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Elementary Differential Equations and Boundary Value Problems - Boyce W.E.

Boyce W.E. Elementary Differential Equations and Boundary Value Problems - John Wiley & Sons, 2001. - 1310 p.
Download (direct link): elementarydifferentialequations2001.pdf
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Suppose that y1 (1) = erit and y2(1) = er2f are two solutions of an equation of the form (2). Show that they form a fundamental set of solutions if r1 = r2.
We calculate the Wronskian of y1 and y2:
W
erit
r1erit
er2t
r2er2t
= (r2 - r1) exp[(r1 + r2)1 ].
Since the exponential function is never zero, and since r2 - r1 = 0 by the statement of the problem, it follows that W is nonzero for every value of 1. Consequently, y1 and y2 form a fundamental set of solutions.
Show that y1 (1) = 11/2 and y2(t) = 1 1 form a fundamental set of solutions of
212y" + 31y' - y = 0, 1 > 0. (14)
We will show in Section 5.5 howto solve Eq. (14); see also Problem 38 in Section 3.4. However, at this stage we can verify by direct substitution that y1 and y2 are solutions of the differential equation. Since y1 (t) = 11-1/2 and y'{(1) = - 4 t-3/2,wehave
212(-11-3/2) + 31 (2 -1/2) -11/2 = (-2 +3 -1)11/2 = 0.
Similarly,y2(1) = 1-2 andy2(1) = 21-3, so
212(21-3) + 31 (-1-2) - 1-1 = (4 - 3 - 1)1-1 = 0.
Next we calculate the Wronskian W of y1 and y2:
11/2 1-1
W
21-1/2 -t-2
= - 1-3/2. (15)
Since W = 0 for 1 > 0, we conclude that y2 and y2 form a fundamental set of solutions there.
In several cases, we have been able to find a fundamental set of solutions, and therefore the general solution, of a given differential equation. However, this is often a difficult task, and the question may arise as to whether or not a differential equation of the form (2) always has a fundamental set of solutions. The following theorem provides an affirmative answer to this question.
144
Chapter 3. Second Order Linear Equations
Theorem 3.2.5
EXAMPLE
6
Consider the differential equation (2),
L [y] = y + p(1) + q (1) = 0,
whose coefficients p and q are continuous on some open interval I. Choose some point t0 in I. Let y2 be the solution ofEq. (2) that also satisfies the initial conditions
y%) = 1, (10) = 0,
and let y2 be the solution of Eq. (2) that satisfies the initial conditions
y(10) = 0, %) = 1.
Then y2 and y2 form a fundamental set of solutions of Eq. (2).
First observe that the existence of the functions y2 and y2 is assured by the existence part of Theorem 3.2.1. To show that they form a fundamental set of solutions we need only calculate their Wronskian at t0:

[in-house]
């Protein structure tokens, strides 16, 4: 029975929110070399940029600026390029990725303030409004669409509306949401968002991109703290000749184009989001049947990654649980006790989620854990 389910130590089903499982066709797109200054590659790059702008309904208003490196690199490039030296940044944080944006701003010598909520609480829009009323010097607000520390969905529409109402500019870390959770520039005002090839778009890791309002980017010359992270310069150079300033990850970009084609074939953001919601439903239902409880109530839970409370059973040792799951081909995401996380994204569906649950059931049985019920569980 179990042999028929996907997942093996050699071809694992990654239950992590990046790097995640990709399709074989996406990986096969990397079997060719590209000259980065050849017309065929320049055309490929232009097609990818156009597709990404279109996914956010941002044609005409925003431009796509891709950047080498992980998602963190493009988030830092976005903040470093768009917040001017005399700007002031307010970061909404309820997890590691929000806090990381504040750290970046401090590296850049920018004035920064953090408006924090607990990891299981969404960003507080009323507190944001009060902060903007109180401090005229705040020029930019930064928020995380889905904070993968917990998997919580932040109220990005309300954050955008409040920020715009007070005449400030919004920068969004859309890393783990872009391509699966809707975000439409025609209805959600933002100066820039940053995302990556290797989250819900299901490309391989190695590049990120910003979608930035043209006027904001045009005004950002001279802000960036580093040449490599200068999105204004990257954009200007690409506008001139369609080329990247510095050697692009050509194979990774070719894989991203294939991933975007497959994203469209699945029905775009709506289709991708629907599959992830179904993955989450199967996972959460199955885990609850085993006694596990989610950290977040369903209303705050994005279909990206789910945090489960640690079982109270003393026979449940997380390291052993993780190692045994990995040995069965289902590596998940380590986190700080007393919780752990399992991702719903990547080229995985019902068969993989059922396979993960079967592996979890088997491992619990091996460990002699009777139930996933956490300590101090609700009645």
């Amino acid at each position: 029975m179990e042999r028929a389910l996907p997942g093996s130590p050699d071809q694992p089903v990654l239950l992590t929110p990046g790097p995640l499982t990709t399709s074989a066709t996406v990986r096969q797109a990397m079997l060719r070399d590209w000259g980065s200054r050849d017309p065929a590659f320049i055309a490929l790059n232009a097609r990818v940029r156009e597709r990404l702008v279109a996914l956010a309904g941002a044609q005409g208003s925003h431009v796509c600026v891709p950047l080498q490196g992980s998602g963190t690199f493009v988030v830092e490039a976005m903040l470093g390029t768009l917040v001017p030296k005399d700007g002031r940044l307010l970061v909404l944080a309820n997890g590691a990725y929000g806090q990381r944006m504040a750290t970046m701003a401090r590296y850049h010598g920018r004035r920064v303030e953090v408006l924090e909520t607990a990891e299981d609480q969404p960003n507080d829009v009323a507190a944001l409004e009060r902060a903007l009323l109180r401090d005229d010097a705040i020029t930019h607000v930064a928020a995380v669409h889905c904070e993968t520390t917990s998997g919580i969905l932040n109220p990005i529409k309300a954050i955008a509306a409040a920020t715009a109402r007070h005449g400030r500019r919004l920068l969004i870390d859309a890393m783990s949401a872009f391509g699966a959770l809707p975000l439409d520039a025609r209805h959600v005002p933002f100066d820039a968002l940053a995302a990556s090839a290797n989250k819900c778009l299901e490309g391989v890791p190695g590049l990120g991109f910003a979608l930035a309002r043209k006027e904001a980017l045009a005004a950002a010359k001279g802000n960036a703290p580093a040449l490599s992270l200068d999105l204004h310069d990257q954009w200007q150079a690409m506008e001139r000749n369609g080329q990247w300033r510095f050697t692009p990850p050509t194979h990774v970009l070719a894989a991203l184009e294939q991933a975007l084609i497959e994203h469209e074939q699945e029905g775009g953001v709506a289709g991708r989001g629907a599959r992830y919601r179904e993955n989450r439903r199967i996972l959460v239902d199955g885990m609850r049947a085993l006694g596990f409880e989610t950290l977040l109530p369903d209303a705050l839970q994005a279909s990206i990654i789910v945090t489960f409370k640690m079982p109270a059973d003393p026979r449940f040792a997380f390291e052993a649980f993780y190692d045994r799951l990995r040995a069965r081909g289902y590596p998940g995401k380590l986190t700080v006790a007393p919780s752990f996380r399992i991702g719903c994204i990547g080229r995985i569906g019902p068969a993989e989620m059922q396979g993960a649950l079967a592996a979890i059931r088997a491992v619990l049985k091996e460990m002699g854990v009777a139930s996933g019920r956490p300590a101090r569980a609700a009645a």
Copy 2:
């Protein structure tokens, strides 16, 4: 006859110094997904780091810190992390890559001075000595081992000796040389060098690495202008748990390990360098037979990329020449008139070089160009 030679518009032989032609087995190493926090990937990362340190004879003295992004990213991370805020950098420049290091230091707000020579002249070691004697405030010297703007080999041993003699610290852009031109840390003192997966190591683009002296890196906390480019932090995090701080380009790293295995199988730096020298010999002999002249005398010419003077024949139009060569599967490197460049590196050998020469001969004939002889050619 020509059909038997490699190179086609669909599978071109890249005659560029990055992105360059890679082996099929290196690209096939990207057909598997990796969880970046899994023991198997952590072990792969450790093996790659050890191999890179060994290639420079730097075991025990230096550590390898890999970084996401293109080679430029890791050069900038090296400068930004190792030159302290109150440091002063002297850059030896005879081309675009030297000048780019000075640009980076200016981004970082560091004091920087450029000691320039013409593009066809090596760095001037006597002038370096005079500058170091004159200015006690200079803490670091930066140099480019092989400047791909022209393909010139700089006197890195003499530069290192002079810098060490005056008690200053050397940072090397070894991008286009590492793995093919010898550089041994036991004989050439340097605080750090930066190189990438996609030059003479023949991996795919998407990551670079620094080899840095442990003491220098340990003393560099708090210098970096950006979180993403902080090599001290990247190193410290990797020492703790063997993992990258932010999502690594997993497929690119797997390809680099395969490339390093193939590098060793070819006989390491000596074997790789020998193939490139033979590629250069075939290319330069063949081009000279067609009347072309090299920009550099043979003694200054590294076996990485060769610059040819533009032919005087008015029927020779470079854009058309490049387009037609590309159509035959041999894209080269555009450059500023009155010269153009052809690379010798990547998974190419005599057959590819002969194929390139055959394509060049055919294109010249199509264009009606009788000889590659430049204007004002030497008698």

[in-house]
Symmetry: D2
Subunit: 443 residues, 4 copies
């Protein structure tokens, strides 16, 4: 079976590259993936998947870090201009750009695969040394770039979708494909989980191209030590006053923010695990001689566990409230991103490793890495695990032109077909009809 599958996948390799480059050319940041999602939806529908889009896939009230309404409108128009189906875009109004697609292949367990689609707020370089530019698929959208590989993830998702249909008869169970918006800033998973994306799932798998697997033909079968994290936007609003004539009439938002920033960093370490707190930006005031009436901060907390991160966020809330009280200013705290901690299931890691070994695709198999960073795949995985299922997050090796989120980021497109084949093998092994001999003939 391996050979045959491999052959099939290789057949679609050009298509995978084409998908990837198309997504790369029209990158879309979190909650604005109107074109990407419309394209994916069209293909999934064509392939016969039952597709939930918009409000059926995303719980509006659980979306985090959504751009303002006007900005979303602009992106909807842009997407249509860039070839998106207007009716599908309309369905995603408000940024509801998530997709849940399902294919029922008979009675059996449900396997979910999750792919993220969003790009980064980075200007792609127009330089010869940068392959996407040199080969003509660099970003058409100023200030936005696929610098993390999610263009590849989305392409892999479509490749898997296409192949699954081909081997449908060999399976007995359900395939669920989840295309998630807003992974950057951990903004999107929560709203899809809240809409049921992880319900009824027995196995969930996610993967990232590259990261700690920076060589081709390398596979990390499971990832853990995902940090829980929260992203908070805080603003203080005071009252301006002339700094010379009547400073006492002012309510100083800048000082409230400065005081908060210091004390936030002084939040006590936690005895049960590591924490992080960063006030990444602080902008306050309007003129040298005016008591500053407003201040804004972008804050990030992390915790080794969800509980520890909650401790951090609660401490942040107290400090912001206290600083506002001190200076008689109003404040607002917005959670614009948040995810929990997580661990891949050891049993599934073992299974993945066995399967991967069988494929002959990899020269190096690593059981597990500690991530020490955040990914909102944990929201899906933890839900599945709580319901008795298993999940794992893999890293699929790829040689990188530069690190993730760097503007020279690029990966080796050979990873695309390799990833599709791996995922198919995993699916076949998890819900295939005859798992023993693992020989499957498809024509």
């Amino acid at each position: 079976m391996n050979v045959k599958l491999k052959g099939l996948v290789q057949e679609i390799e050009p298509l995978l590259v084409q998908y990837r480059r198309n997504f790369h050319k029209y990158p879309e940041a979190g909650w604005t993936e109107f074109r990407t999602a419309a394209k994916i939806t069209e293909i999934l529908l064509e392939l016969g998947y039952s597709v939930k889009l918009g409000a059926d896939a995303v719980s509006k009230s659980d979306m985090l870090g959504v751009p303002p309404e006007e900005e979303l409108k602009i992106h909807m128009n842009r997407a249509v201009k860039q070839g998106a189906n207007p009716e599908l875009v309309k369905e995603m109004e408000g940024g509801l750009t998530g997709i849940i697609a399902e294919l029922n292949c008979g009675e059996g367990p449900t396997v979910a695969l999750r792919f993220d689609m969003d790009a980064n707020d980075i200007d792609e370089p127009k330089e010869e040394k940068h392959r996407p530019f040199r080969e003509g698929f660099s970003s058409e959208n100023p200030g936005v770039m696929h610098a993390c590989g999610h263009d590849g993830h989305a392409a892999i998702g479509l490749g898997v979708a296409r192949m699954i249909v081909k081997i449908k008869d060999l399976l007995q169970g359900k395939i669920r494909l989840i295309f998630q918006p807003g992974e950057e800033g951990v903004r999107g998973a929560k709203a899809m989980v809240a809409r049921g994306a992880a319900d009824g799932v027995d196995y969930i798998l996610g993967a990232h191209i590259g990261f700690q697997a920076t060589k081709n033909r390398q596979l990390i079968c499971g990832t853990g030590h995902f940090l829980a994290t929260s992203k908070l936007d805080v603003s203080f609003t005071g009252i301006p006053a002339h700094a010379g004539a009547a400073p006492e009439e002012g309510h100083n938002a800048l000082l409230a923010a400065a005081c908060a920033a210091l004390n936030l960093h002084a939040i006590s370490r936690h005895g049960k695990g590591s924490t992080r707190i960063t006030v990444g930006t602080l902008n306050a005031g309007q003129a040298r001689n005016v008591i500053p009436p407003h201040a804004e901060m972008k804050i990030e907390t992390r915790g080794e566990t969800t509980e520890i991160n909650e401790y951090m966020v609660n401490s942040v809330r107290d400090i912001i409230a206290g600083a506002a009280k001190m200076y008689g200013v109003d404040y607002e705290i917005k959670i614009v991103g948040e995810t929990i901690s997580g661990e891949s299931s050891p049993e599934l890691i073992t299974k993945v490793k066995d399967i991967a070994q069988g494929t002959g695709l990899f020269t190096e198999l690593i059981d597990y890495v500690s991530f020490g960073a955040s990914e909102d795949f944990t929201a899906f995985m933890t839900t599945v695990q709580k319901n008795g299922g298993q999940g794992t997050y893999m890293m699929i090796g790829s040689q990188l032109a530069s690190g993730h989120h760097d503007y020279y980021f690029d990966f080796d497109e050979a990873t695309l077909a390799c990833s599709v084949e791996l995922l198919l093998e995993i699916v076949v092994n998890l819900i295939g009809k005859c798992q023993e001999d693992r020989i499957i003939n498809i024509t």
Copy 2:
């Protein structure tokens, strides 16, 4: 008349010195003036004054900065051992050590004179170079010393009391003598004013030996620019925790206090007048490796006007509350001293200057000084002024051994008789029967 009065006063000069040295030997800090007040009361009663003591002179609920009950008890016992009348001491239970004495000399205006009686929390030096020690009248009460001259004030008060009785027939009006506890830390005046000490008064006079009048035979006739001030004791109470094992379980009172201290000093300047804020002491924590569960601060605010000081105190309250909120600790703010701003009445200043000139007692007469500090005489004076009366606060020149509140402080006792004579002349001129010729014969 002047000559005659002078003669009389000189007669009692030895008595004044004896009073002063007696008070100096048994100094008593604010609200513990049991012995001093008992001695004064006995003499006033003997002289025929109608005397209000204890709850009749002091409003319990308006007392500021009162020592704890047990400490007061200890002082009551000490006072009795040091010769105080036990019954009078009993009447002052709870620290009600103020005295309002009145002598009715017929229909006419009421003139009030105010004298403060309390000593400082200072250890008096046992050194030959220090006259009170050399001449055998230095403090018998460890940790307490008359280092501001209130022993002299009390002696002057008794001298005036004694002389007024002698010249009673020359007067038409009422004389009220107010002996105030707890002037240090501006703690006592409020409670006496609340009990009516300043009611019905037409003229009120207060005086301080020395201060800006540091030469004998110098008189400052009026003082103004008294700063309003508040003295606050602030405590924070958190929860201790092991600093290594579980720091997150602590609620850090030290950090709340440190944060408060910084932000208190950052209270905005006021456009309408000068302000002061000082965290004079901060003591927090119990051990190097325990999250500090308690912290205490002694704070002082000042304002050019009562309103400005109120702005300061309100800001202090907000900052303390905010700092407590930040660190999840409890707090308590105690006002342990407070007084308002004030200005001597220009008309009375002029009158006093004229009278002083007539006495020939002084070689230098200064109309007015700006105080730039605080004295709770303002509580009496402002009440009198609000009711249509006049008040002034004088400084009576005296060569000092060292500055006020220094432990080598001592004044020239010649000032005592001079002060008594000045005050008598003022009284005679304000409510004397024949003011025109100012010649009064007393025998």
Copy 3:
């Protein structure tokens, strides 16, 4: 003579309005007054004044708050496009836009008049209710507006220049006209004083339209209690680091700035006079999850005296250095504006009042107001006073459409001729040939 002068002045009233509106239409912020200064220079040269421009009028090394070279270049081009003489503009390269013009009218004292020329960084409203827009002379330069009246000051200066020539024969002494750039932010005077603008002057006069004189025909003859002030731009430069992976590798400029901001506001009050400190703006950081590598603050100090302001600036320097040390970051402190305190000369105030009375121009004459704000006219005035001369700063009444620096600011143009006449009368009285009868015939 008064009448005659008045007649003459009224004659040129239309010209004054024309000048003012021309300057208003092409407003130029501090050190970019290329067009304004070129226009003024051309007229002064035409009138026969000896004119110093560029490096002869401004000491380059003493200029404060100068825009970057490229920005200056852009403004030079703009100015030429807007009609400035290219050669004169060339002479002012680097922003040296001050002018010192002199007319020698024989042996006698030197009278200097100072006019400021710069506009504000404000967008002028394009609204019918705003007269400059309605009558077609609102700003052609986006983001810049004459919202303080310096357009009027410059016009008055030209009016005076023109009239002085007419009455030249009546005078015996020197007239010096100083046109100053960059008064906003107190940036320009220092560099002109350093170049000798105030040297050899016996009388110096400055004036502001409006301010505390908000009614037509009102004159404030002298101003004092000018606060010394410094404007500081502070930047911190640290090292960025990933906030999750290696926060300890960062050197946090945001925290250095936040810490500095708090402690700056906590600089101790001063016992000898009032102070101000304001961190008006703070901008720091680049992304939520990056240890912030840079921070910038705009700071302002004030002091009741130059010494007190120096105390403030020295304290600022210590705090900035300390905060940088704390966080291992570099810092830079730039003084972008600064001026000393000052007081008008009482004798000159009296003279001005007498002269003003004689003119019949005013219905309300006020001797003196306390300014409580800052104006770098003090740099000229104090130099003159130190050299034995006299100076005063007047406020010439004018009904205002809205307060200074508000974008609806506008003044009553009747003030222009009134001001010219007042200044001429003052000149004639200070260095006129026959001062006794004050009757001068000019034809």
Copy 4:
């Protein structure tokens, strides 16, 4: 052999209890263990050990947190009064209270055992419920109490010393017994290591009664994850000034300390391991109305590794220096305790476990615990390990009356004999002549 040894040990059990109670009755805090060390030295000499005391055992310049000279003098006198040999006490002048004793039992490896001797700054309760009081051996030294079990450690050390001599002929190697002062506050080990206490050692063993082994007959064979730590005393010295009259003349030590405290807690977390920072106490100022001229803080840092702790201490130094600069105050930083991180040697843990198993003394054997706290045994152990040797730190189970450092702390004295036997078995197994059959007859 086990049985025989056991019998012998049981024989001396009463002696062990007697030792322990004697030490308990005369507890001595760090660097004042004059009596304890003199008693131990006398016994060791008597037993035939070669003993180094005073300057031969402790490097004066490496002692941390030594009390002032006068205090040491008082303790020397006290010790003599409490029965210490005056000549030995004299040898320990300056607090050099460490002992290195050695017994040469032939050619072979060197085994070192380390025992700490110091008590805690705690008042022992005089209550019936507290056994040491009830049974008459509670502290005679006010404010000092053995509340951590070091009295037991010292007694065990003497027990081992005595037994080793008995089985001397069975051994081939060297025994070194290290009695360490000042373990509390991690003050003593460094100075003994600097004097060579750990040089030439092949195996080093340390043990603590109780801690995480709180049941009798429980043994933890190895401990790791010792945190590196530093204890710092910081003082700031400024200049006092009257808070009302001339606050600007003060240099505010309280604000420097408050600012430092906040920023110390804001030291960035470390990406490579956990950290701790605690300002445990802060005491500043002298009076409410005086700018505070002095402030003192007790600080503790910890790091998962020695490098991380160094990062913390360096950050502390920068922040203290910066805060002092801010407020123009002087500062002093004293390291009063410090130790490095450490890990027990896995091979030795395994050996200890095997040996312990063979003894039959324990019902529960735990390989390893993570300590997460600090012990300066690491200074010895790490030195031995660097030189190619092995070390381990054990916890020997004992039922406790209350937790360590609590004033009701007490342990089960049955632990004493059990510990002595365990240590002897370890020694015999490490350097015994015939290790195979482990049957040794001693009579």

W (ӳ, 2)(0 ) =
1 0
0 1
1.
yi(10) y2(10)
Ӳ (10) 2 (10)
Since their Wronskian is not zero at the point t0, the functions y2 and y2 do form a fundamental set of solutions, thus completing the proof of Theorem 3.2.5.
Note that the difficult part of this proof, demonstrating the existence of a pair of solutions, is taken care of by reference to Theorem 3.2.1. Note also that Theorem 3.2.5 does not address the question of how to solve the specified initial value problems so as to find the functions y1 and y2 indicated in the theorem. Nevertheless, it may be reassuring to know that a fundamental set of solutions always exists.
Find the fundamental set of solutions specified by Theorem 3.2.5 for the differential equation
' - = 0, (16)
using the initial point t0 = 0.
In Section 3.1 we noted that two solutions ofEq. (16) are y2(1) = ef and y2(1) =
e-1. The Wronskian of these solutions is W(y2,y2)(1) = -2 = 0, so they form a
fundamental set of solutions. However, they are not the fundamental solutions indicated by Theorem 3.2.5 because they do not satisfy the initial conditions mentioned in that theorem at the point 1 = 0.
To find the fundamental solutions specified by the theorem we need to find the solutions satisfying the proper initial conditions. Let us denote by y3(1) the solution of Eq. (16) that satisfies the initial conditions
y(0) = 1, y'(0) = 0. (17)
The general solution ofEq. (16) is
y = c2e + c2e-1, (18)
and the initial conditions (17) are satisfied if c2 = 1/2 and c2 = 1/2. Thus
y3(t) = 2 e1 + 2 e-1 = cosh 1.
3.2 Fundamental Solutions of Linear Homogeneous Equations
145
Similarly, if y4(t) satisfies the initial conditions
y(0) = 0, y'(0) = 1, (19)
then
y4(t) = 2e1 - 2e-1 = sinh 1.
Since the Wronskian of y3 and y4 is
W(y3,yA)(1) = cosh21 - sinh21 = 1,
these functions also form a fundamental set of solutions, as stated by Theorem 3.2.5. Therefore, the general solution ofEq. (16) can be written as
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